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Tuesday, September 11, 2012

Batman: The Dark Knight Returns, Part 1


"Lucky. Lucky old man."

DC Animation totally succeeds in the daunting task of adapting arguably the most seminal Batman graphic novel of all, Frank Miller's 1986 epic "Batman: The Dark Knight Returns". The influence of "The Dark Knight Returns" on Batman in every media over the last 25+ years is immeasurable, with Tim Burton's 1989 Batman and Christopher Nolan's The Dark Knight Trilogy as direct descendants of its impact. This summer's The Dark Knight Rises drew freely from concepts and iconography depicted in Miller's story. Miller distills the essence of Batman, a grim, avenging creature of the night - dark, terrible, dreaded, and driven with compulsion bordering on madness to dress up as a bat and hunt down the criminal element infecting the soul of Gotham City.

The Dark Knight Returns, Part 1 handles the first two chapters of Miller's story, "The Dark Knight Returns" and "The Dark Knight Triumphant". Retired for a decade, a sixty year old Bruce Wayne, enormous in stature but a shell of himself, is compelled by his inner demons to resume wearing the cape and cowl of the Batman. Miller combines Wayne's childhood memories of his parents' murder with a bizarre worship of an enormous bat living in the cave beneath Wayne Manor. There's a monster inside Bruce Wayne that he can't control. As Gotham City falls under the terror of a gang called the Mutants, Batman's immediate concern is Harvey Dent, the arch criminal known as Two Face, who has had his face surgically repaired and is considered "healed." Dent then disappears, and Batman discovers his plan to stage a helicopter assault and bomb the Gotham Life Building (changed from "The Twin Towers" in the graphic novel out of respect for 9/11). The one disappointing aspect of Batman's confrontation with Two Face is the omission of the dialogue when Two Face asks Batman to look at his true face. In the graphic novel, Batman says, "I see a reflection, Harvey. A reflection", while Batman sees his own true face, the face of the bat.

The second half of Part 1 is even better as Batman turns his attention to the Mutants, and their leader, a hulking, shark-toothed abomination who, in 1986, predated Bane by seven years. Batman's tank-like Batmobile also predates and inspired the Tumbler in Nolan's Trilogy. Batman's resurgence has given hope to the people of Gotham, while authorities are quick to condemn the return of a masked vigilante to their streets. Commissioner Gordon, Batman's staunchest ally, who knows his true identity, tries to protect him as best he can before he's replaced by a younger, decidedly anti-Batman female commissioner (who is awful dense when Gordon tried to relate his story about FDR and Batman to her). Meanwhile, Batman inspires a young girl named Carrie Kelly to don a homemade Robin suit and join Batman's crusade. Batman battles the Mutant Leader mano e mano twice, where the animation delivers above and beyond in depicting the brutality of blood spilling and bone breaking. By defeating the Mutant Leader, the Batman becomes the new symbolic leader of the Mutants, who re-name themselves the Sons of the Batman. Order has been restored in Gotham and the Dark Knight is triumphant. Until the Joker is reawakened by Batman's resurgence...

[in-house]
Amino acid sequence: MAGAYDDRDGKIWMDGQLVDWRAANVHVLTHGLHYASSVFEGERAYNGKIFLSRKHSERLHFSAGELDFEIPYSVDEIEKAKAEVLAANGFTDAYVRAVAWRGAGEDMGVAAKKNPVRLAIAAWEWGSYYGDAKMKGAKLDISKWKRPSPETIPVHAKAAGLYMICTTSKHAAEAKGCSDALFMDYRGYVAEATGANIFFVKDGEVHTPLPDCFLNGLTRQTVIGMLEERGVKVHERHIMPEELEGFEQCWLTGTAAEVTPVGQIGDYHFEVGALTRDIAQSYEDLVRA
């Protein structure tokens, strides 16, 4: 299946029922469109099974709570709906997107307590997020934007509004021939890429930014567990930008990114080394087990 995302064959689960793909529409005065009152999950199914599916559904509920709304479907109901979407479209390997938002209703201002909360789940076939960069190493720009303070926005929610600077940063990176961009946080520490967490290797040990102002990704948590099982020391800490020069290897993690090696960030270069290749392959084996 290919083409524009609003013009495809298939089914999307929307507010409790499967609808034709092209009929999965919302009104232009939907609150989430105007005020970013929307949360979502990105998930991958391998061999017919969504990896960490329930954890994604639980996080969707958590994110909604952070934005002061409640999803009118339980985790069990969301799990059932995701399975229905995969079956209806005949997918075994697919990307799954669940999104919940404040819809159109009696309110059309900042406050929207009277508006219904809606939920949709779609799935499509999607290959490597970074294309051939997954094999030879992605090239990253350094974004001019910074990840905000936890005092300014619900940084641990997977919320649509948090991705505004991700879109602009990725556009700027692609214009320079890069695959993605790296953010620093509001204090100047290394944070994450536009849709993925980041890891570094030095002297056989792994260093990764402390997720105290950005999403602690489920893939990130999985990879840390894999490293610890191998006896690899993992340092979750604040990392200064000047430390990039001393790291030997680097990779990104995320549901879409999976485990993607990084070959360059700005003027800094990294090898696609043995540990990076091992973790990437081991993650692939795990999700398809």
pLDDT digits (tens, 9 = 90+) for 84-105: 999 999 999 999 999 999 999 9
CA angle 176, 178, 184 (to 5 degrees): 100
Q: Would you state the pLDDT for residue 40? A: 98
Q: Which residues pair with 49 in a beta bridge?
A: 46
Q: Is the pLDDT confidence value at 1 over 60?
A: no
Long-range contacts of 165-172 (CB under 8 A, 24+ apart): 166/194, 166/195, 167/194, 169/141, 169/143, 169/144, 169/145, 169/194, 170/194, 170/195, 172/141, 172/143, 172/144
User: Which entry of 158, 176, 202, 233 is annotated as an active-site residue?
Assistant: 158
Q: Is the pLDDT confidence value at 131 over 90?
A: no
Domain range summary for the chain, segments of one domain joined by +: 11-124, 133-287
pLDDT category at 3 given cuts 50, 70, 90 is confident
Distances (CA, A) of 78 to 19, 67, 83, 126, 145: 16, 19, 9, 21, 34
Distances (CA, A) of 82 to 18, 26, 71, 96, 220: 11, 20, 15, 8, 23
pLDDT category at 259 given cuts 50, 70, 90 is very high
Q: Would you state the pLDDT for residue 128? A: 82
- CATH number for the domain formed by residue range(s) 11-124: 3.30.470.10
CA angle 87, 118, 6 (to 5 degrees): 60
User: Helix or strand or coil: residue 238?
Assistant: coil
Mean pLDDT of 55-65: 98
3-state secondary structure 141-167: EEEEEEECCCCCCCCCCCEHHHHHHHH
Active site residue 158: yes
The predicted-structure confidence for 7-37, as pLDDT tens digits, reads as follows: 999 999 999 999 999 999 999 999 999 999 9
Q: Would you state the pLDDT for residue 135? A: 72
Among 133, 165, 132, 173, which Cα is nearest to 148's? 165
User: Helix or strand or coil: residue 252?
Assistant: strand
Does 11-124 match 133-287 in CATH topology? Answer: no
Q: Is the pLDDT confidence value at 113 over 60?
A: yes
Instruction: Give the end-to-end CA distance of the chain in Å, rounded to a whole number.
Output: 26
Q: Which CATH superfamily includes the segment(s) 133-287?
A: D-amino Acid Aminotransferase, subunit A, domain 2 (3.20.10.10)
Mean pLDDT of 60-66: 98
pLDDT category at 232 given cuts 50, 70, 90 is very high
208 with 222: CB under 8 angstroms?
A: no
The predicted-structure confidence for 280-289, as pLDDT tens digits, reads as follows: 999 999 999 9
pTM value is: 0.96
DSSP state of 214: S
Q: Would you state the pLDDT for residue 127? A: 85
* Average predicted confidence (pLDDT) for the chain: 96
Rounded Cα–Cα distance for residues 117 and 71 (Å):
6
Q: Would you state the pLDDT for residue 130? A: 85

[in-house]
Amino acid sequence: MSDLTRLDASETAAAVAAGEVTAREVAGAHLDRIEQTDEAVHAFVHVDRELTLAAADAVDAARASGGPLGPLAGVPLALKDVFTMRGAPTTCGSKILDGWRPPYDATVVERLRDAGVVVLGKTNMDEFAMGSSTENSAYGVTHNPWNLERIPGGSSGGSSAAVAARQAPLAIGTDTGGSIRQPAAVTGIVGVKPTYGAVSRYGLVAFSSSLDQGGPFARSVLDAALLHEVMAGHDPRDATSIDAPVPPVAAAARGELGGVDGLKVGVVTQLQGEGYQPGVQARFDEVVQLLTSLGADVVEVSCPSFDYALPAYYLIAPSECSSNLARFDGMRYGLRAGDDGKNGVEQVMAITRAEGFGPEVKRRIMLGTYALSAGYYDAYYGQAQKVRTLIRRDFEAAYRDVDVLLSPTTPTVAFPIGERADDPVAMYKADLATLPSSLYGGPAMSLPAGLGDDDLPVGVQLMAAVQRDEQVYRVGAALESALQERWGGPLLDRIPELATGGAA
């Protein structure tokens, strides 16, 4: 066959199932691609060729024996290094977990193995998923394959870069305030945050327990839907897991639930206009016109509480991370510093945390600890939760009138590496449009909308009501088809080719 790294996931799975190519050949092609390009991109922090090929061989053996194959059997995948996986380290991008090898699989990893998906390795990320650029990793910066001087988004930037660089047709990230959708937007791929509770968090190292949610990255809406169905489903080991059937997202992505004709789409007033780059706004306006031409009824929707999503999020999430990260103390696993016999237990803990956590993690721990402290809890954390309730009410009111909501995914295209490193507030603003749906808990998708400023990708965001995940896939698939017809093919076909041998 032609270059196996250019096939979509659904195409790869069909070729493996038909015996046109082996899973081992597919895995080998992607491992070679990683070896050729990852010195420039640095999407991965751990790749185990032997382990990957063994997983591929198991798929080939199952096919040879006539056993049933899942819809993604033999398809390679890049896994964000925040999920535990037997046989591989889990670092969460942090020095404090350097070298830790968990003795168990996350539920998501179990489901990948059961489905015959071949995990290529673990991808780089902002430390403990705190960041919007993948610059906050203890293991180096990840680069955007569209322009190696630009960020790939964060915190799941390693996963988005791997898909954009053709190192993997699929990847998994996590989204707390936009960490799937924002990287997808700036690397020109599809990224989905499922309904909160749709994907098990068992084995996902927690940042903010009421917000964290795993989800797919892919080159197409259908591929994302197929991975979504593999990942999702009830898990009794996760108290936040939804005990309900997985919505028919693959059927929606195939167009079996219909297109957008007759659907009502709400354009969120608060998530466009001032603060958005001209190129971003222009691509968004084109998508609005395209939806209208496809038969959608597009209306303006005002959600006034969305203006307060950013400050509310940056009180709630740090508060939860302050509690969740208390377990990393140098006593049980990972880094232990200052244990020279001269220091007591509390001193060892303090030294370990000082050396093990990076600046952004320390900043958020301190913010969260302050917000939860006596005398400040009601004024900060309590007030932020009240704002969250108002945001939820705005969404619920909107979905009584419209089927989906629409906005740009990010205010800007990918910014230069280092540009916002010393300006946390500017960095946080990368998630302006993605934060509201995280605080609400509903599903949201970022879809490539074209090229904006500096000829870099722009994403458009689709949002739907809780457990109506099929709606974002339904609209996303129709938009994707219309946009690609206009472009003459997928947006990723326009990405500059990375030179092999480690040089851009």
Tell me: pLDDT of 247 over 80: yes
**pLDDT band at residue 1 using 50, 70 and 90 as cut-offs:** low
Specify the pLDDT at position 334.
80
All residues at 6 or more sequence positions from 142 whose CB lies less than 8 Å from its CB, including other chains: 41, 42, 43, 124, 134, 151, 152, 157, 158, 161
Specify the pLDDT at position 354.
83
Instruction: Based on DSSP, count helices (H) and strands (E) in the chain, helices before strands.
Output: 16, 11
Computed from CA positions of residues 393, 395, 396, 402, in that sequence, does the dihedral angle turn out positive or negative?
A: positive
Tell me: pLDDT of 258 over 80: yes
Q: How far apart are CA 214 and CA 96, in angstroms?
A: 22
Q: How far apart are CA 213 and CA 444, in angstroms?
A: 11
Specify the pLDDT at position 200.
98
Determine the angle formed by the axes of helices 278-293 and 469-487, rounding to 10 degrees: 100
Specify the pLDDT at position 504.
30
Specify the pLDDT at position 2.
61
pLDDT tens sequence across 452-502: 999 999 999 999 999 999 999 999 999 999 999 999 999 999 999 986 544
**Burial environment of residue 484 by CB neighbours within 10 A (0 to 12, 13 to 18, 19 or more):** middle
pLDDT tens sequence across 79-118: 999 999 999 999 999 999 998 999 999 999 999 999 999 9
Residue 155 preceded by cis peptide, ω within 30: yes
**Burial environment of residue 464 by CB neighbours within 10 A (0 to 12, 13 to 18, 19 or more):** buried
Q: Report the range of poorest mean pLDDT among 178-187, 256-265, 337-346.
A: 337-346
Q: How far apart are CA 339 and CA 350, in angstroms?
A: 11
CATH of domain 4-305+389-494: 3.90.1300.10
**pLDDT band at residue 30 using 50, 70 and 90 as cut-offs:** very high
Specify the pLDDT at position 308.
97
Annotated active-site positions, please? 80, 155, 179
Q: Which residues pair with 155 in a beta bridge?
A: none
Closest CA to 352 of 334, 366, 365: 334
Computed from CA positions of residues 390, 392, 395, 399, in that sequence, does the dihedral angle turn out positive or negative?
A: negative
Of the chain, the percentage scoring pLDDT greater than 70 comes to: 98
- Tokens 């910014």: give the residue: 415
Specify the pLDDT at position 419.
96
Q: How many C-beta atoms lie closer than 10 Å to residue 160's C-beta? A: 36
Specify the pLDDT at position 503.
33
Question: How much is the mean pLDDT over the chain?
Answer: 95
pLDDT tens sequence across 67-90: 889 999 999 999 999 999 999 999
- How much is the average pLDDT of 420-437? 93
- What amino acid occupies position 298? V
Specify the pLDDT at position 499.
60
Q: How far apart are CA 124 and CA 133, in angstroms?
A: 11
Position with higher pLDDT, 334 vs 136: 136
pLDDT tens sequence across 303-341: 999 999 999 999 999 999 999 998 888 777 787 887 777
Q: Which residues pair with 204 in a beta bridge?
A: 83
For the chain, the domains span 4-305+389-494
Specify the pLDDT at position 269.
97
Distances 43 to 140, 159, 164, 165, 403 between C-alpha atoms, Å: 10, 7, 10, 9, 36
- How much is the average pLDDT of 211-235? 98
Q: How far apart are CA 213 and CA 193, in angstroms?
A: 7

Robocop himself, Peter Weller, voices Batman this time around, almost dreamily at first, then gradually escalating in fearsome authority. Ariel Winter from Modern Family voices Robin with the right amount of flippant attitude. The Dark Knight Returns, Part 1 labors at first to match the drama of Miller's innovative panel layouts and storytelling in the graphic novel, but as the Batman returns to action, the spectacular animation and thrilling score invoking Hans Zimmer and James Horner's score for The Dark Knight Trilogy combine for an immersive experience. All of the ultra violence of the graphic novel is depicted with no apologies. The physical toll being Batman takes on old Bruce Wayne isn't shied away from. (Though another notable omission is the shot of the naked Bruce Wayne in the Batcave hugging Robin, who leaped into his arms.) The era of the tale hasn't been changed; between Gordon speaking of his past fighting in World War II, and the aesthetic design of Gotham City, this is clearly the 1980s, even though it tells of Batman's possible "future". The Mutants are a distinctly 1980s-style cross between cyberpunk and A Clockwork Orange, complete with their own slang ("spuds" and "shivs".) "The Dark Knight Returns" also anticipated Batman's wardrobe changes, starting from the blue and grey "New Look" Batman of the 60's and 70's and to the black and grey look Batman sports today.

Overall, The Dark Knight Returns, Part 1 is easily the most aggressive, most enjoyable and the finest of the DC Animated films starring Batman, and it's only half over. Noticeably missing from Part 1 is a certain, Ronald Reagan-serving Man of Steel, with the super fight fanboys have loved for almost three decades still to look forward to in Part 2...

The conversation (mostly with myself but also with Strikeforce MMA World Champion Ronda Rousey!) re: The Dark Knight Returns, Part 1 continued on Twitter: